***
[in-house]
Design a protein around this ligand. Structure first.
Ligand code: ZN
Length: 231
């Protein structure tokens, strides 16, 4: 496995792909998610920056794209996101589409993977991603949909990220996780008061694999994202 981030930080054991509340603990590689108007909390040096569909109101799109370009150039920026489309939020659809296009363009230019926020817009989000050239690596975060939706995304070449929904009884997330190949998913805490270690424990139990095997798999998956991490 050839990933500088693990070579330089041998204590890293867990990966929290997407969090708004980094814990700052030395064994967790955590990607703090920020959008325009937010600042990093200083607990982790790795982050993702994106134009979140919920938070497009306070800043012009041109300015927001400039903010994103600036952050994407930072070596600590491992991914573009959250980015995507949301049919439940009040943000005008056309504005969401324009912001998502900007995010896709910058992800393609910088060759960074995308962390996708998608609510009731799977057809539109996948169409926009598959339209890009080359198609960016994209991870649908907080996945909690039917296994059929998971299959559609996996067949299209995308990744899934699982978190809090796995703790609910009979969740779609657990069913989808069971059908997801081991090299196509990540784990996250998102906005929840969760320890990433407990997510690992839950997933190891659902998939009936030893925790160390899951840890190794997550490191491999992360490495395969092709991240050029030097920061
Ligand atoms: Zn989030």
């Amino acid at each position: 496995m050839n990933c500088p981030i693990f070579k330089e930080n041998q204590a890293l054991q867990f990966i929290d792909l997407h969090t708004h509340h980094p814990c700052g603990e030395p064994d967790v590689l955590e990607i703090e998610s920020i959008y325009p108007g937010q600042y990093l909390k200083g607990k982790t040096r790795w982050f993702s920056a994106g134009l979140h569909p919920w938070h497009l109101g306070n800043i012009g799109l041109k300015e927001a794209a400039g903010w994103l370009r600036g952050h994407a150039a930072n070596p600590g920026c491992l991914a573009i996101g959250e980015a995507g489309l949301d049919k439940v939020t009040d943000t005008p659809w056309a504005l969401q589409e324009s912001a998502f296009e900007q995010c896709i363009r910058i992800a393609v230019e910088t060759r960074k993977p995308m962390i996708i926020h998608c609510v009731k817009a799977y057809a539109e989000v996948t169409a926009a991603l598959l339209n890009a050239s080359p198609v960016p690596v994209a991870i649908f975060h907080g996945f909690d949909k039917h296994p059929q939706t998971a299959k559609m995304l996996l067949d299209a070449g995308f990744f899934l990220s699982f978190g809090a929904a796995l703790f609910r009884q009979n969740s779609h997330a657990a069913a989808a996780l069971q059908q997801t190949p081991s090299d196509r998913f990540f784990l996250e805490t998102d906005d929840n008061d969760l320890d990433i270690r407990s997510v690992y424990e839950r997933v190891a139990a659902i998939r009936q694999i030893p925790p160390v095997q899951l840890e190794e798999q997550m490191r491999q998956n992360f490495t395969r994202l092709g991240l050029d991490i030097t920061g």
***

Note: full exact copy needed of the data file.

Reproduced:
[in-house]
Design a protein around this ligand. Structure first.
Ligand code: ZN
Length: 231
């Protein structure tokens, strides 16, 4: 496995792909998610920056794209996101589409993977991603949909990220996780008061694999994202 981030930080054991509340603990590689108007909390040096569909109101799109370009150039920026489309939020659809296009363009230019926020817009989000050239690596975060939706995304070449929904009884997330190949998913805490270690424990139990095997798999998956991490 050839990933500088693990070579330089041998204590890293867990990966929290997407969090708004980094814990700052030395064994967790955590990607703090920020959008325009937010600042990093200083607990982790790795982050993702994106134009979140919920938070497009306070800043012009041109300015927001400039903010994103600036952050994407930072070596600590491992991914573009959250980015995507949301049919439940009040943000005008056309504005969401324009912001998502900007995010896709910058992800393609910088060759960074995308962390996708998608609510009731799977057809539109996948169409926009598959339209890009080359198609960016994209991870649908907080996945909690039917296994059929998971299959559609996996067949299209995308990744899934699982978190809090796995703790609910009979969740779609657990069913989808069971059908997801081991090299196509990540784990996250998102906005929840969760320890990433407990997510690992839950997933190891659902998939009936030893925790160390899951840890190794997550490191491999992360490495395969092709991240050029030097920061
Ligand atoms: Zn989030």
């Amino acid at each position: 496995m050839n990933c500088p981030i693990f070579k330089e930080n041998q204590a890293l054991q867990f990966i929290d792909l997407h969090t708004h509340h980094p814990c700052g603990e030395p064994d967790v590689l955590e990607i703090e998610s920020i959008y325009p108007g937010q600042y990093l909390k200083g607990k982790t040096r790795w982050f993702s920056a994106g134009l979140h569909p919920w938070h497009l109101g306070n800043i012009g799109l041109k300015e927001a794209a400039g903010w994103l370009r600036g952050h994407a150039a930072n070596p600590g920026c491992l991914a573009i996101g959250e980015a995507g489309l949301d049919k439940v939020t009040d943000t005008p659809w056309a504005l969401q589409e324009s912001a998502f296009e900007q995010c896709i363009r910058i992800a393609v230019e910088t060759r960074k993977p995308m962390i996708i926020h998608c609510v009731k817009a799977y057809a539109e989000v996948t169409a926009a991603l598959l339209n890009a050239s080359p198609v960016p690596v994209a991870i649908f975060h907080g996945f909690d949909k039917h296994p059929q939706t998971a299959k559609m995304l996996l067949d299209a070449g995308f990744f899934l990220s699982f978190g809090a929904a796995l703790f609910r009884q009979n969740s779609h997330a657990a069913a989808a996780l069971q059908q997801t190949p081991s090299d196509r998913f990540f784990l996250e805490t998102d906005d929840n008061d969760l320890d990433i270690r407990s997510v690992y424990e839950r997933v190891a139990a659902i998939r009936q694999i030893p925790p160390v095997q899951l840890e190794e798999q997550m490191r491999q998956n992360f490495t395969r994202l092709g991240l050029d991490i030097t920061g």